A. Gambling Act 2005

There are several permits granted under the GA05 that require renewal during a specific time period. Failure to apply during the relevant period will result in expiry of the permit and the need to apply for a new one.

A. Animal Licensing

LGA Note:  For licences issued under the Animal Welfare (Licensing of Activities Involving Animals) (England) Regulations 2018, councils may wish to extend licences for three months to reduce the need for inspection and the risks involved whilst the outbreak continues. Defra have advised that Regulation 9 allows councils to vary licences with the consent in writing (including email) of the licence holder or where the licence holder makes an application. Councils may wish to consider using this as a mechanism for extending licences for three months where this is deemed necessary, on a case by case basis.

A. Other Licences

Many licensing regimes such as those governing sex establishments and street trading specify that if a renewal application is made before the expiry of the current licence, the current licence continues on the same terms and conditions until that renewal application is determined. Local authorities should check the legislative requirements for each licensing regime. Where this does apply, licensees should be encouraged to make a renewal application to enable the existing licence to continue. If no application is made before the existing licence expires, then the licensee will no longer be licensed and cannot continue to trade. A licence can be renewed after expiry, but only if there are extremely good reasons for no application having been made before the current licence expires, and only if there has been a short period of time between expiry and the new application being received by the authority (see Exeter City Council v Sandle [2011] L.L.R. 480 Admin Crt).

LGA Note:  For renewal applications for other licence types, councils have offered licensees the choice to defer renewal for six months. Where all renewal requirements are met, these may still be considered as renewals even though there will have been a gap between the two licences. Others have asked for a small retainer fee to retain a licence plate, with the full renewal fee to be paid at a later date.


Q.4  Applications / renewals – Can licences simply be extended?

See above.


Q.5  Enforcement of conditions - Can licensing authorities take a discretionary approach to compliance with licence conditions?

A. Some conditions may prove impossible for businesses to comply with due to staff illness / self-isolation etc.

In the ministerial letter of 8 April, the Minister recommended that Licensing Authorities should take a considered and pragmatic approach to breaches of licence conditions and procedural defects caused by the pandemic:

“Retailers may be operating under licences with conditions that may prove difficult to comply with in the current period due to absenteeism. These include, but are not limited to, conditions that mandate the minimum number of staff or door supervisors on site, training requirements or attending external meetings (such as Shopwatch). A considered and pragmatic approach should be taken to breaches of licence conditions and procedural defects caused by the COVID-19 pandemic, particularly where these breaches or defects do not have a significant adverse impact on the licensing objectives. Licence holders must rectify any breaches as soon as reasonably practicable.”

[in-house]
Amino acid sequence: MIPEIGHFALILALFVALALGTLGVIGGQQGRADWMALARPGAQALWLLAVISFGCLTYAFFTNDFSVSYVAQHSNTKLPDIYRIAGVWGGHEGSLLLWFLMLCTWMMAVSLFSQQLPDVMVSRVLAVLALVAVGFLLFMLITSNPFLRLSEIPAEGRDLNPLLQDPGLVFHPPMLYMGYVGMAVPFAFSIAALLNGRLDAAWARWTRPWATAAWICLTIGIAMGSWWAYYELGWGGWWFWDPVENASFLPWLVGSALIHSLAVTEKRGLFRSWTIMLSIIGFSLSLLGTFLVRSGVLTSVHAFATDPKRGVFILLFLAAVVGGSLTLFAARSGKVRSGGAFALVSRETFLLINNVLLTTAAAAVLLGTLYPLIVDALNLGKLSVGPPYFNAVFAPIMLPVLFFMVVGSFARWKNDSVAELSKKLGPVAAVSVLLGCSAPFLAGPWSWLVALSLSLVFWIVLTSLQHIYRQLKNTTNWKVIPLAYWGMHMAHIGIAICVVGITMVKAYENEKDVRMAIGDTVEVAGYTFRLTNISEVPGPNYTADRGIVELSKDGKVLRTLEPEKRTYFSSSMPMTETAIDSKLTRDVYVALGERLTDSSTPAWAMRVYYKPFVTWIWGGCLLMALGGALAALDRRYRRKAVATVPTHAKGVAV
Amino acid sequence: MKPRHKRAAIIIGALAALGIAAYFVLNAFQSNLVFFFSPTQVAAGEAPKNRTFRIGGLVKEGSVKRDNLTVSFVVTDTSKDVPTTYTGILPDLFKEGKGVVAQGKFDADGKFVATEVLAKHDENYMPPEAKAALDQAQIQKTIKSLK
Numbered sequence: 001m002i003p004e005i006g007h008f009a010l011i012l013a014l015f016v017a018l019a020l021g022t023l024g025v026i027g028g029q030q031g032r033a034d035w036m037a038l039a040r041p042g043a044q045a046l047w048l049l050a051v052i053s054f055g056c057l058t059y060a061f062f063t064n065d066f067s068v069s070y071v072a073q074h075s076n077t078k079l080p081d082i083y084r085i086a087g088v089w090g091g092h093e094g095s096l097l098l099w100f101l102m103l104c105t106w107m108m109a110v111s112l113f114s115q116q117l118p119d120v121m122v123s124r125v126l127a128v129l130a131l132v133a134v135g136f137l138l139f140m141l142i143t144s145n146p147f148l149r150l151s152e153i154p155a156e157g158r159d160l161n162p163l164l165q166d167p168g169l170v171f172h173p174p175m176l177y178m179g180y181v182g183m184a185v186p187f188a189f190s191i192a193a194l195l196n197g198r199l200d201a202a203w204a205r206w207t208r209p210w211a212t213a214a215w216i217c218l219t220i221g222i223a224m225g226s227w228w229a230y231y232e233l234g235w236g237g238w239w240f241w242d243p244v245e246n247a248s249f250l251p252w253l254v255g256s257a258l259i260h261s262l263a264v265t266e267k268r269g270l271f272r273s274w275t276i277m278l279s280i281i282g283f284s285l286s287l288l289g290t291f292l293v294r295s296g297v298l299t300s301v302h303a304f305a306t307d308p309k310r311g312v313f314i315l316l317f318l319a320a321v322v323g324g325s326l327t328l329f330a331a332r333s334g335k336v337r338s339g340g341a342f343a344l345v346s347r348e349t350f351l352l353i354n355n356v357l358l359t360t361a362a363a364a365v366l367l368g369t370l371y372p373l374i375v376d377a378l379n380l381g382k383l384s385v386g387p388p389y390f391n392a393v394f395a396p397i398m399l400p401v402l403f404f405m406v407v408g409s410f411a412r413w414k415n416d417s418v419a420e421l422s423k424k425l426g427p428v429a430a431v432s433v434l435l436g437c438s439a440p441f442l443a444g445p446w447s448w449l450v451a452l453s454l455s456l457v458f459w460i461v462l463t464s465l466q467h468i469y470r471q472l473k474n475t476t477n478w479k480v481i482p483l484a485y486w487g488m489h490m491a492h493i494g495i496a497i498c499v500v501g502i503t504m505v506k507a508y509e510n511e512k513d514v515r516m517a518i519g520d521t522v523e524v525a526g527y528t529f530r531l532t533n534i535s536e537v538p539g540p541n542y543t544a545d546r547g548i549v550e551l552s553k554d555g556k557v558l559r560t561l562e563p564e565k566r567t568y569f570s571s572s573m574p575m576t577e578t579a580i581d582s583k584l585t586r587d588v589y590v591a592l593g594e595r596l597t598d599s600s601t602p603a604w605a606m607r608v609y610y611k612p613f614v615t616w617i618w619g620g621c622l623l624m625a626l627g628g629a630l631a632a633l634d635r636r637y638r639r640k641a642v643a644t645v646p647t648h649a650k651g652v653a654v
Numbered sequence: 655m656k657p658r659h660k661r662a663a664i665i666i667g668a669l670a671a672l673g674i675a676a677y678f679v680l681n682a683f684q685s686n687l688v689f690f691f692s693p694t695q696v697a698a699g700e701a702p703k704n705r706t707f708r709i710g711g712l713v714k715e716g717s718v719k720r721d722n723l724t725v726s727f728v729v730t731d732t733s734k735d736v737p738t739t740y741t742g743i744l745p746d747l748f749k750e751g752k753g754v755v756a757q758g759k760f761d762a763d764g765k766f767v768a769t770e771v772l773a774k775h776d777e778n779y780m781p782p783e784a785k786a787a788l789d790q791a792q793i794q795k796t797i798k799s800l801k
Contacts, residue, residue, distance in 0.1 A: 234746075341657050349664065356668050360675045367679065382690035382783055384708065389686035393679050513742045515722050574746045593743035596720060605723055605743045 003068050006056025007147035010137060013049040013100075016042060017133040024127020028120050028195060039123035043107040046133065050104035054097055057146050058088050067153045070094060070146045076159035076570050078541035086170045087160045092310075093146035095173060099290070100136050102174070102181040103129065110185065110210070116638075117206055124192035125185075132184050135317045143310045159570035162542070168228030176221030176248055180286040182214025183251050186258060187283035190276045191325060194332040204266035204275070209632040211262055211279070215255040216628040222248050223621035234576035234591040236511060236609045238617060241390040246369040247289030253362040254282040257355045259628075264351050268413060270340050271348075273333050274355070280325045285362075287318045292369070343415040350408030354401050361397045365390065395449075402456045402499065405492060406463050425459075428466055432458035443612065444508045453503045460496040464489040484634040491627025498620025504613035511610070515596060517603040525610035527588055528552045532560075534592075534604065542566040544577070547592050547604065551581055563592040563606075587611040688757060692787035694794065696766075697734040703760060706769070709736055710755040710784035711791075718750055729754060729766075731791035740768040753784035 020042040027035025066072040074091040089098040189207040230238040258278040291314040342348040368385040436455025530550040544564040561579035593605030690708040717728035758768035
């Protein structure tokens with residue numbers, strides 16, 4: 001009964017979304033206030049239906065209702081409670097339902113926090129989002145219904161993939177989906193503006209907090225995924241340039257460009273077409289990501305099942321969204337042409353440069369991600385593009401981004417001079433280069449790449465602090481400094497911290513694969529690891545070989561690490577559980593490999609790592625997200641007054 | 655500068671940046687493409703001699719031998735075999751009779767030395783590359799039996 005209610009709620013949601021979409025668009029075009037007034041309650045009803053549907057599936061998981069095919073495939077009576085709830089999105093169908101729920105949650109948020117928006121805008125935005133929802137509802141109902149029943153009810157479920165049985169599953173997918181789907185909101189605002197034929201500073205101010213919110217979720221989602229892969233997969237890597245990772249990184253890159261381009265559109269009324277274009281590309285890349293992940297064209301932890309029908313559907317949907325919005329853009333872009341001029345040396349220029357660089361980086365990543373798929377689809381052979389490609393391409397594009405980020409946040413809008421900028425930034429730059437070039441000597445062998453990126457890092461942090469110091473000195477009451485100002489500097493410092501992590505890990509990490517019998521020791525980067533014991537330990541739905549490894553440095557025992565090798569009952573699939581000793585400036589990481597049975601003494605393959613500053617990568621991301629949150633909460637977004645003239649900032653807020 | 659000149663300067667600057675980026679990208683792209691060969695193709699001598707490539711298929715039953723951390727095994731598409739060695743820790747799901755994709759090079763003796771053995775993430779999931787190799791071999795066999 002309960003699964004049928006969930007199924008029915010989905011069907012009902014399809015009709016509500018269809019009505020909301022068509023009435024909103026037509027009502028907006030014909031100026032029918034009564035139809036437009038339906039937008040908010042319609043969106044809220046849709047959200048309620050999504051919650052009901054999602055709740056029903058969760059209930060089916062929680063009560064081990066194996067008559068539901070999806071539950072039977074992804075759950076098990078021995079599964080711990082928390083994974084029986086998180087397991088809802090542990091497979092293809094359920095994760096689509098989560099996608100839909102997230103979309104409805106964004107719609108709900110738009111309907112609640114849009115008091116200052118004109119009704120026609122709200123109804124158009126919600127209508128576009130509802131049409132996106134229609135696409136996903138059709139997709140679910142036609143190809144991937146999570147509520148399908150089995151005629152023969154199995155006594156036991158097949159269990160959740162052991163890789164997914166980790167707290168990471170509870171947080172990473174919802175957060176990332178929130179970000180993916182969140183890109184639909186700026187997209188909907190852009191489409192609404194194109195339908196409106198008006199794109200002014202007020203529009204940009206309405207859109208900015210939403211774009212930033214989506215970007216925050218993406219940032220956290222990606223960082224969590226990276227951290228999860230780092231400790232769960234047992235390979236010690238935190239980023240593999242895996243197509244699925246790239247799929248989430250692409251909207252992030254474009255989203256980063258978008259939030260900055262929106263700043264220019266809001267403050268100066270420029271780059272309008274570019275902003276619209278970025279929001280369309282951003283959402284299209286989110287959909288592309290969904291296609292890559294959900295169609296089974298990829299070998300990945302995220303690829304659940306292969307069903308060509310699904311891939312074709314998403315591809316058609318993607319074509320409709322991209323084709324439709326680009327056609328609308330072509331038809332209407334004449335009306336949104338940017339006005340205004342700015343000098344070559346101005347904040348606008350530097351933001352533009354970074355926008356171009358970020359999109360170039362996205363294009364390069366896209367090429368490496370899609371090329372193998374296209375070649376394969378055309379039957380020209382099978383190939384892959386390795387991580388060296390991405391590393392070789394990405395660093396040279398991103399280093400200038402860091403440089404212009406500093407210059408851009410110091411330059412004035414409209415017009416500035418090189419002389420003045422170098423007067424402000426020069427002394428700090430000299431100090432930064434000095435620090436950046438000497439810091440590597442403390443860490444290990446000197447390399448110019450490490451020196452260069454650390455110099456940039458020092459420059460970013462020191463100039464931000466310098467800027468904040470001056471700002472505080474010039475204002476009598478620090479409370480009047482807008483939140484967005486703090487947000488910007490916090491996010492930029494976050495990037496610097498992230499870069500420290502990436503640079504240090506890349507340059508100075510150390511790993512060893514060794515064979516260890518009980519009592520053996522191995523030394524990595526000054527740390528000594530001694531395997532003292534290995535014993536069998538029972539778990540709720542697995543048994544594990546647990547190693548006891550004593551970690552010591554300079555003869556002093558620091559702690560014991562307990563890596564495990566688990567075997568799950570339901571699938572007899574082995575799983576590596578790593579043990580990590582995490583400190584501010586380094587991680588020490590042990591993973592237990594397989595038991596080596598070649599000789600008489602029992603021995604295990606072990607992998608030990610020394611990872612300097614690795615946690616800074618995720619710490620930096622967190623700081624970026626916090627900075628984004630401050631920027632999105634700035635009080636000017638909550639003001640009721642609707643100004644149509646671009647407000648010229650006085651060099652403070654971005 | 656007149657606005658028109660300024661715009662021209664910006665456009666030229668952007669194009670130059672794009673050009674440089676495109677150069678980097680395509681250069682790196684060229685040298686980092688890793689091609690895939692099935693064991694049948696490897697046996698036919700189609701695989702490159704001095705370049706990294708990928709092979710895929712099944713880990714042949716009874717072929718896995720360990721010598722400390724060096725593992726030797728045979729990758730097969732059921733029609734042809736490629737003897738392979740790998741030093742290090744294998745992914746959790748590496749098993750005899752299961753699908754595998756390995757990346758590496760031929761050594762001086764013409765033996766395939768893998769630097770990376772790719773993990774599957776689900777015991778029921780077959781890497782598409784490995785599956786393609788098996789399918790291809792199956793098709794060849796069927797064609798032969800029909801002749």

Local authorities may consider it useful to apply a test similar to that within the Code for Crown Prosecutors. This is a two-stage test:

i) The evidential stage; followed by
ii) The public interest stage

In the majority of cases it is unlikely to be in the public interest to take action to enforce conditions or breaches of conditions where such breaches are caused by the pandemic.

All enforcement is discretionary, there are no mandatory requirements to enforce conditions or breaches of licence. Therefore, there is no prohibition on local authorities taking a pragmatic approach. Having said that, there is clearly significant distinction between breaches of conditions that cannot be complied with because of the situation, and flagrant breaches of licence terms and conditions which are not a result of the COVID-19 pandemic. Local authorities will need to carefully consider the public interest test before instigating any prosecutions for breaches bearing in mind the nature of the emergency period we are in.

LGA Note: A considered and pragmatic approach should be taken to breaches of licence conditions and procedural defects caused by the COVID-19 pandemic, particularly where these breaches or defects do not have a significant adverse impact on the licensing objectives.

Licence holders must rectify any breaches as soon as reasonably practicable.


Q.6  Fees – Licence Fees and Annual Fees - Can licensing authorities waive, reduce or delay payment and do they HAVE to suspend / revoke licences?

There have been calls from licensees in all areas for reduction or suspension of licence application fees. Many businesses have been forced to close or substantially change their operating model, whilst others face an extreme downturn in business.

'Essential' businesses (those involved in retail and off-sales) continue to operate and are in demand.

In London, Night Czar Amy Lame, has written to all councils requesting that they waive fees (Annual Fees and late night levies) for night time economy businesses.

A. Licensing Act 2003 - Annual Fees

Section 55A is mandatory. Licensing Authorities are required under the terms of the Act to suspend licences on non-payment of the annual fee (after a 21-day grace period).

This puts licensing authorities in a difficult position as they risk being in breach of a statutory duty if they do not suspend.

That said, section 55A requires that the licensing authority gives the premises licence holder a notice specifying the date on which the suspension takes effect but does not specify a statutory timescale within which the suspension must take effect. This allows some discretion for licensing authorities in that it would be possible to issue a suspension notice in compliance with section 55A but to specify a date in the distant future allowing premises more time to make the payment and so avoiding the suspension from taking effect.

Section 55A is clear that where a suspension has taken effect, and the annual fee is subsequently paid, the licensing authority must issue a receipt and the licence is reinstated.

The IoL Protocol covers this in detail.

A. Gambling Act 2005